The English longbow, also called the Welsh longbow, is a powerful type of medieval longbow (a tall bow for archery) about 6 ft (1.83 m) long used by the English and Welsh for hunting and as a weapon in medieval warfare. English use of longbows was effective against the French during the Hundred Years' War, particularly at the start of the war in the battles of Crécy (1346) and Poitiers (1356), and most famously at the Battle of Agincourt (1415). They became less successful after this, with longbowmen taking casualties at the Battle of Verneuil (1424), and being completely routed at the Battle of Patay (1429) when they were charged before they had set up their defensive position. The term "English" or "Welsh" longbow is a modern usage to distinguish these bows from other longbows, though in fact identical bows were used across northern and western Europe; indeed a very large proportion of yew bowstaves were imported from Spain from the fourteenth century onward, if not earlier.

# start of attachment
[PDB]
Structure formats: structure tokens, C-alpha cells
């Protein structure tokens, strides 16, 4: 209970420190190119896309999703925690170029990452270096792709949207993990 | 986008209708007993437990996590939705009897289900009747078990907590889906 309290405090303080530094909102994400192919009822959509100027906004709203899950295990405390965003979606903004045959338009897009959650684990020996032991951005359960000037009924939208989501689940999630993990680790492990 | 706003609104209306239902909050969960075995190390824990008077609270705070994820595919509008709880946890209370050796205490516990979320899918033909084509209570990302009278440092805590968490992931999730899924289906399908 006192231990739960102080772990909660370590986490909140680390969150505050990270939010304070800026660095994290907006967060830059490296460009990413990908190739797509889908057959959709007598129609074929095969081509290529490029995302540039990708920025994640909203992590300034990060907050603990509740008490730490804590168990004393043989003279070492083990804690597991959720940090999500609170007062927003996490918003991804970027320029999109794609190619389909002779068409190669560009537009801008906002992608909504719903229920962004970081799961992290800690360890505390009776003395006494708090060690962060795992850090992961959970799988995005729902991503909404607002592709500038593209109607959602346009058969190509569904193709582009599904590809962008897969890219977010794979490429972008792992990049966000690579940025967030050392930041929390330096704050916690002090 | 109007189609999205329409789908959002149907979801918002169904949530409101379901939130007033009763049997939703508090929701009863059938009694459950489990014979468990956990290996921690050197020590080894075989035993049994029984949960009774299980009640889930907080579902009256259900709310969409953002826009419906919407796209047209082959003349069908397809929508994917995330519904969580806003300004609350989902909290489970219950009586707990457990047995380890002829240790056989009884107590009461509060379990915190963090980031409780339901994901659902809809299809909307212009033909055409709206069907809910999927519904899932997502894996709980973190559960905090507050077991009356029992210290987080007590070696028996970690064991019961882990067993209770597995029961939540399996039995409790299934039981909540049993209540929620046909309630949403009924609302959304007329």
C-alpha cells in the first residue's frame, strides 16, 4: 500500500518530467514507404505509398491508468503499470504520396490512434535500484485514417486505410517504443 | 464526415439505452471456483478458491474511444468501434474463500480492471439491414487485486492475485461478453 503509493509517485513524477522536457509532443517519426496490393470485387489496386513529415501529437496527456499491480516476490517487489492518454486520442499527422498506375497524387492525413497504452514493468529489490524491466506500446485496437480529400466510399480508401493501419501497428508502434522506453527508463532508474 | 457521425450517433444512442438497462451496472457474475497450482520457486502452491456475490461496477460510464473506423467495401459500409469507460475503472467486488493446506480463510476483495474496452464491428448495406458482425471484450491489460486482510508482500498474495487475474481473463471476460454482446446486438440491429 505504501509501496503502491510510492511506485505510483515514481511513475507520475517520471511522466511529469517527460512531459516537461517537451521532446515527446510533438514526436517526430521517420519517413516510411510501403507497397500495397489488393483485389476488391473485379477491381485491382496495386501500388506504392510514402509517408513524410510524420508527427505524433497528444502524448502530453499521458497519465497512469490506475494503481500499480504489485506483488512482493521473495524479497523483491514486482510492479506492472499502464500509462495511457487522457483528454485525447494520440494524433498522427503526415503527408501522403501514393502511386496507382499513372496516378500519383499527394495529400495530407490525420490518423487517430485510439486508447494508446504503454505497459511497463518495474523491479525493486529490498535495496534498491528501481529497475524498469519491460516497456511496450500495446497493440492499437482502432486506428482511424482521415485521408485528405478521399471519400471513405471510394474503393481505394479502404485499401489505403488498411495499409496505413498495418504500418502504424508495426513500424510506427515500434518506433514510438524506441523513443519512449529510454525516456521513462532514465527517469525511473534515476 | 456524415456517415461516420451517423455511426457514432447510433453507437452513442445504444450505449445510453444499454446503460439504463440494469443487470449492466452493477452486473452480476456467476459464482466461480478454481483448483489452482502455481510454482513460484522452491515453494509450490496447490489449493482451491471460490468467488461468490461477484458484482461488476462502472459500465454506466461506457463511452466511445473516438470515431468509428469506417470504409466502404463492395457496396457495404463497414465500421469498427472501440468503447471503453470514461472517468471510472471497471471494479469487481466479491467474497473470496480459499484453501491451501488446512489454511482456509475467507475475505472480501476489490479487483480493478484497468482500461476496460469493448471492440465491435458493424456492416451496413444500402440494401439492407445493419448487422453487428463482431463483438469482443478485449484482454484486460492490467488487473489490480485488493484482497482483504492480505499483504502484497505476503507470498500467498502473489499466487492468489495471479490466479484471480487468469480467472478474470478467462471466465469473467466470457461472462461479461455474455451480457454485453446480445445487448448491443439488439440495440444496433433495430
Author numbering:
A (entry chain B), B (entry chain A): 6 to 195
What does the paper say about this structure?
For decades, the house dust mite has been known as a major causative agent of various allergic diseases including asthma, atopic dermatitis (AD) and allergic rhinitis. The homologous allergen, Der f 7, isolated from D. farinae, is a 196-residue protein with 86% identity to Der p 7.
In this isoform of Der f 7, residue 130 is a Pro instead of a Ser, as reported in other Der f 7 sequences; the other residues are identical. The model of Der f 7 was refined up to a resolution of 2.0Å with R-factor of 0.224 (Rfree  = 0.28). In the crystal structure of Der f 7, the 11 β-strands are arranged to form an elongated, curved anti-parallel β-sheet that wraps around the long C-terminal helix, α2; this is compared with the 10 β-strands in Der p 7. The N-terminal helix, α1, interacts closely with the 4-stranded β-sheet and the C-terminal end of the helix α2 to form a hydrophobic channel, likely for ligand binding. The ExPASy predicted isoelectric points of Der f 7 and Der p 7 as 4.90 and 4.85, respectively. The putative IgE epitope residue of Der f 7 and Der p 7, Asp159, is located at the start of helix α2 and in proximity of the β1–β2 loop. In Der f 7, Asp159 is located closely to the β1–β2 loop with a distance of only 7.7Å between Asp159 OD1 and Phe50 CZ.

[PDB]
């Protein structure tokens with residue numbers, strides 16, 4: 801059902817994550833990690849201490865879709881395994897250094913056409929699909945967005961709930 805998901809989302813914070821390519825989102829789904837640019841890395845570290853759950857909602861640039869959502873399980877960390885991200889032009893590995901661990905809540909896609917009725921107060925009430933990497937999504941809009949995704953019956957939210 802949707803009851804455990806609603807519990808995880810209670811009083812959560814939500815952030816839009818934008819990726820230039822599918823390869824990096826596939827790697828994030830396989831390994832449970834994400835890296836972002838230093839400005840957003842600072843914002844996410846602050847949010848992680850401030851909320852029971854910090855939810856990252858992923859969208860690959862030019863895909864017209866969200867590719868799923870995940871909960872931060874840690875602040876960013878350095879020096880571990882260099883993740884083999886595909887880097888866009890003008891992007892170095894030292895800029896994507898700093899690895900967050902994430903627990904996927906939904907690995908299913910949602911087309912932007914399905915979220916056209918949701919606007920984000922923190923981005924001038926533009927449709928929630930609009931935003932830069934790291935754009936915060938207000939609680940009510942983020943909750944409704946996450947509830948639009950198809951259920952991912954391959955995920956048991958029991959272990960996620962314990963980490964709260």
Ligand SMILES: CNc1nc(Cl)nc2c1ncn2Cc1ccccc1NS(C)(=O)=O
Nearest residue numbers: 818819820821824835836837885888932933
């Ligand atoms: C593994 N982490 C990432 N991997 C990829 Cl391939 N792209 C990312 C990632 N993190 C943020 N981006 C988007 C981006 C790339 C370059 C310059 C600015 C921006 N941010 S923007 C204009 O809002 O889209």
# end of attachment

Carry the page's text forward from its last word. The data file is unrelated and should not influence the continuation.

The earliest longbow known from England, found at Ashcott Heath, Somerset, is dated to 2665 BC, but no longbows survive from the period when the longbow was dominant (c. 1250–1450 AD), probably because bows became weaker, broke and were replaced, rather than being handed down through generations. More than 130 bows survive from the Renaissance period, however. More than 3,500 arrows and 137 whole longbows were recovered from the Mary Rose, a ship of Henry VIII's navy that sank at Portsmouth in 1545.
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